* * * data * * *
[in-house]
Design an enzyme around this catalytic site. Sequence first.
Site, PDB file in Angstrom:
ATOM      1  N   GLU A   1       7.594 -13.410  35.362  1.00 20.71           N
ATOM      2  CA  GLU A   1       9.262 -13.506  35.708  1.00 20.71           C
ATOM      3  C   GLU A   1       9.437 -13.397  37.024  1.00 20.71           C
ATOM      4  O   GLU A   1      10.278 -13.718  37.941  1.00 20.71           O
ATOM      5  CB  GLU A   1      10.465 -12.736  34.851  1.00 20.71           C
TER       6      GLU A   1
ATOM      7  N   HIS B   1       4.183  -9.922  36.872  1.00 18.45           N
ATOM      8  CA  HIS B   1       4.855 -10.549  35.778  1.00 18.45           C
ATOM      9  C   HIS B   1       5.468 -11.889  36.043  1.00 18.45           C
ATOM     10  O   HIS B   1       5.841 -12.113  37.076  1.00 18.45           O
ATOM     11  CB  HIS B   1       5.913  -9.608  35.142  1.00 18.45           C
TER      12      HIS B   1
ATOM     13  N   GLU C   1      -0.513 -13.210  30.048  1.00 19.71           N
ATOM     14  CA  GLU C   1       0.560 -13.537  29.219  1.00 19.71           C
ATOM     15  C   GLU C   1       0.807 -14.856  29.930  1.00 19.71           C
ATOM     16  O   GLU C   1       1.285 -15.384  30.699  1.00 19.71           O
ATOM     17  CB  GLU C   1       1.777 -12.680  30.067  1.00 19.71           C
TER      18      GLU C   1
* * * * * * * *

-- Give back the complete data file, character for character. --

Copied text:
[in-house]
Design an enzyme around this catalytic site. Sequence first.
Site, PDB file in Angstrom:
ATOM      1  N   GLU A   1       7.594 -13.410  35.362  1.00 20.71           N
ATOM      2  CA  GLU A   1       9.262 -13.506  35.708  1.00 20.71           C
ATOM      3  C   GLU A   1       9.437 -13.397  37.024  1.00 20.71           C
ATOM      4  O   GLU A   1      10.278 -13.718  37.941  1.00 20.71           O
ATOM      5  CB  GLU A   1      10.465 -12.736  34.851  1.00 20.71           C
TER       6      GLU A   1
ATOM      7  N   HIS B   1       4.183  -9.922  36.872  1.00 18.45           N
ATOM      8  CA  HIS B   1       4.855 -10.549  35.778  1.00 18.45           C
ATOM      9  C   HIS B   1       5.468 -11.889  36.043  1.00 18.45           C
ATOM     10  O   HIS B   1       5.841 -12.113  37.076  1.00 18.45           O
ATOM     11  CB  HIS B   1       5.913  -9.608  35.142  1.00 18.45           C
TER      12      HIS B   1
ATOM     13  N   GLU C   1      -0.513 -13.210  30.048  1.00 19.71           N
ATOM     14  CA  GLU C   1       0.560 -13.537  29.219  1.00 19.71           C
ATOM     15  C   GLU C   1       0.807 -14.856  29.930  1.00 19.71           C
ATOM     16  O   GLU C   1       1.285 -15.384  30.699  1.00 19.71           O
ATOM     17  CB  GLU C   1       1.777 -12.680  30.067  1.00 19.71           C
TER      18      GLU C   1